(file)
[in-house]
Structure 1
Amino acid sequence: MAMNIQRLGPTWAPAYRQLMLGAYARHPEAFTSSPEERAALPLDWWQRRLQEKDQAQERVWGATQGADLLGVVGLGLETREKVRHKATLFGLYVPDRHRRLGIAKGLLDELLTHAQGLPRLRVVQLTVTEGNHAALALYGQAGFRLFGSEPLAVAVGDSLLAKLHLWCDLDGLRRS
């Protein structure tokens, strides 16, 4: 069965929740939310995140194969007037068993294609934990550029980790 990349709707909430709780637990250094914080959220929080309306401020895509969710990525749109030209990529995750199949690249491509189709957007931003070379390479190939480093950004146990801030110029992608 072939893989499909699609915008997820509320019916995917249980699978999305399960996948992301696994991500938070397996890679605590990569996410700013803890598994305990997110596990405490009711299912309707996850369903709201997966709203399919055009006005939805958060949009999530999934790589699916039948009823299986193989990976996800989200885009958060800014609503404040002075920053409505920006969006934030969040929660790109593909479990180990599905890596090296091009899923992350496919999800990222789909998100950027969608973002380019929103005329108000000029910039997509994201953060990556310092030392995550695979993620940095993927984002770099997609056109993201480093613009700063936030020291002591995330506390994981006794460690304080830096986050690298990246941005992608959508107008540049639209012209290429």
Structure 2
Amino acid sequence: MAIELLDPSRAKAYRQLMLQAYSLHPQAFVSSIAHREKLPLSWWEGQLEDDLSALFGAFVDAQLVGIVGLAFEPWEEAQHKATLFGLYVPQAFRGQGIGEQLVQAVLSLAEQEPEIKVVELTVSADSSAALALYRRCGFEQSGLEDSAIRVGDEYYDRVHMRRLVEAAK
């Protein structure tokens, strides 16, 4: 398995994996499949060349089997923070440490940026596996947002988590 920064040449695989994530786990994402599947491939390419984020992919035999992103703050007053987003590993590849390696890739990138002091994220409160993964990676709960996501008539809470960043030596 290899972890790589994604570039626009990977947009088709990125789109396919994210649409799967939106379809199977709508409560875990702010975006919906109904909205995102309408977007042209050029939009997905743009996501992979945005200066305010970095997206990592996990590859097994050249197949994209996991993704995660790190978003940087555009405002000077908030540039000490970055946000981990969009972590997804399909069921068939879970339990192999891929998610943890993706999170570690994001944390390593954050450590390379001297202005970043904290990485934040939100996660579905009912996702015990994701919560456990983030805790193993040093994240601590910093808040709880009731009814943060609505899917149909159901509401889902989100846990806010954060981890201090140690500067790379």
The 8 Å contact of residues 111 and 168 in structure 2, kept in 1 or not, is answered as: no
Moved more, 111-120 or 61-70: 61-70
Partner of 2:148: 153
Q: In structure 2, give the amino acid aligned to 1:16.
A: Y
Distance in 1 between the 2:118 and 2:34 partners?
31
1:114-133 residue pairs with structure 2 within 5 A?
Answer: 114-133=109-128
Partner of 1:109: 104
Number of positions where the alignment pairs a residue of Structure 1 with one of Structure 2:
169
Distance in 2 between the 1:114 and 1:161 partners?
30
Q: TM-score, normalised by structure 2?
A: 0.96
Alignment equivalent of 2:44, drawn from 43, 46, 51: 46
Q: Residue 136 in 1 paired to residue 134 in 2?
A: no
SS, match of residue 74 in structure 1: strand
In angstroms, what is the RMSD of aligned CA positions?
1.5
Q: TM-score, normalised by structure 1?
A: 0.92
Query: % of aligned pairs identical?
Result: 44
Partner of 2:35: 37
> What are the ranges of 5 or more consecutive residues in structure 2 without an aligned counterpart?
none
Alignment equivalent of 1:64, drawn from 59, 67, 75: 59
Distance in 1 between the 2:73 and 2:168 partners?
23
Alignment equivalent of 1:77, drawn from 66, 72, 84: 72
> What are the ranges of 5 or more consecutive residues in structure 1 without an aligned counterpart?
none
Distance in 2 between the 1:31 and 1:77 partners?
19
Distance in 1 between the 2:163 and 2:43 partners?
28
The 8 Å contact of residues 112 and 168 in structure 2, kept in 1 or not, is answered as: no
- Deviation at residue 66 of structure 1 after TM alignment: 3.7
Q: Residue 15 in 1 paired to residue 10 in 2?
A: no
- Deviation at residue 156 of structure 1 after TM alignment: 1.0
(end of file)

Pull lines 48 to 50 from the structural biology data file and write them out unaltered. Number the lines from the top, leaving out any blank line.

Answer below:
- Deviation at residue 66 of structure 1 after TM alignment: 3.7
Q: Residue 15 in 1 paired to residue 10 in 2?
A: no